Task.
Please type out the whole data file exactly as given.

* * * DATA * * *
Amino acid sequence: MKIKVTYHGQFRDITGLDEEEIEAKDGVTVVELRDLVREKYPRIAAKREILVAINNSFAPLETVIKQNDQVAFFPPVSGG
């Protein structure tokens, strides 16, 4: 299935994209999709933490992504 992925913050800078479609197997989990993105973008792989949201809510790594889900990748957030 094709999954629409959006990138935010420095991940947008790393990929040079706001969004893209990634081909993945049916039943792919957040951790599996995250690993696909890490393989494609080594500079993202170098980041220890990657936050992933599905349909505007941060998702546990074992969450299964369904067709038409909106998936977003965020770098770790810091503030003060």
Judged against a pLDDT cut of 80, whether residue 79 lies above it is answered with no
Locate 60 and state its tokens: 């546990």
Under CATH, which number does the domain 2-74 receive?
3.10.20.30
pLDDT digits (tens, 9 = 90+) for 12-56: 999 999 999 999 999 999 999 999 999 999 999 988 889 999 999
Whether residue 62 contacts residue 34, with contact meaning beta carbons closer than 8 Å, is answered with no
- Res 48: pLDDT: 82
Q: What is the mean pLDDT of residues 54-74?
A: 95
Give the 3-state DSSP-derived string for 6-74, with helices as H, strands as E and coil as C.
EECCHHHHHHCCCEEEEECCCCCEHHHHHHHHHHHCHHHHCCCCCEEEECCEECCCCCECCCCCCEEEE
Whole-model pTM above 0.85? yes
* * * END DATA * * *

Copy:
Amino acid sequence: MKIKVTYHGQFRDITGLDEEEIEAKDGVTVVELRDLVREKYPRIAAKREILVAINNSFAPLETVIKQNDQVAFFPPVSGG
């Protein structure tokens, strides 16, 4: 299935994209999709933490992504 992925913050800078479609197997989990993105973008792989949201809510790594889900990748957030 094709999954629409959006990138935010420095991940947008790393990929040079706001969004893209990634081909993945049916039943792919957040951790599996995250690993696909890490393989494609080594500079993202170098980041220890990657936050992933599905349909505007941060998702546990074992969450299964369904067709038409909106998936977003965020770098770790810091503030003060």
Judged against a pLDDT cut of 80, whether residue 79 lies above it is answered with no
Locate 60 and state its tokens: 């546990």
Under CATH, which number does the domain 2-74 receive?
3.10.20.30
pLDDT digits (tens, 9 = 90+) for 12-56: 999 999 999 999 999 999 999 999 999 999 999 988 889 999 999
Whether residue 62 contacts residue 34, with contact meaning beta carbons closer than 8 Å, is answered with no
- Res 48: pLDDT: 82
Q: What is the mean pLDDT of residues 54-74?
A: 95
Give the 3-state DSSP-derived string for 6-74, with helices as H, strands as E and coil as C.
EECCHHHHHHCCCEEEEECCCCCEHHHHHHHHHHHCHHHHCCCCCEEEECCEECCCCCECCCCCCEEEE
Whole-model pTM above 0.85? yes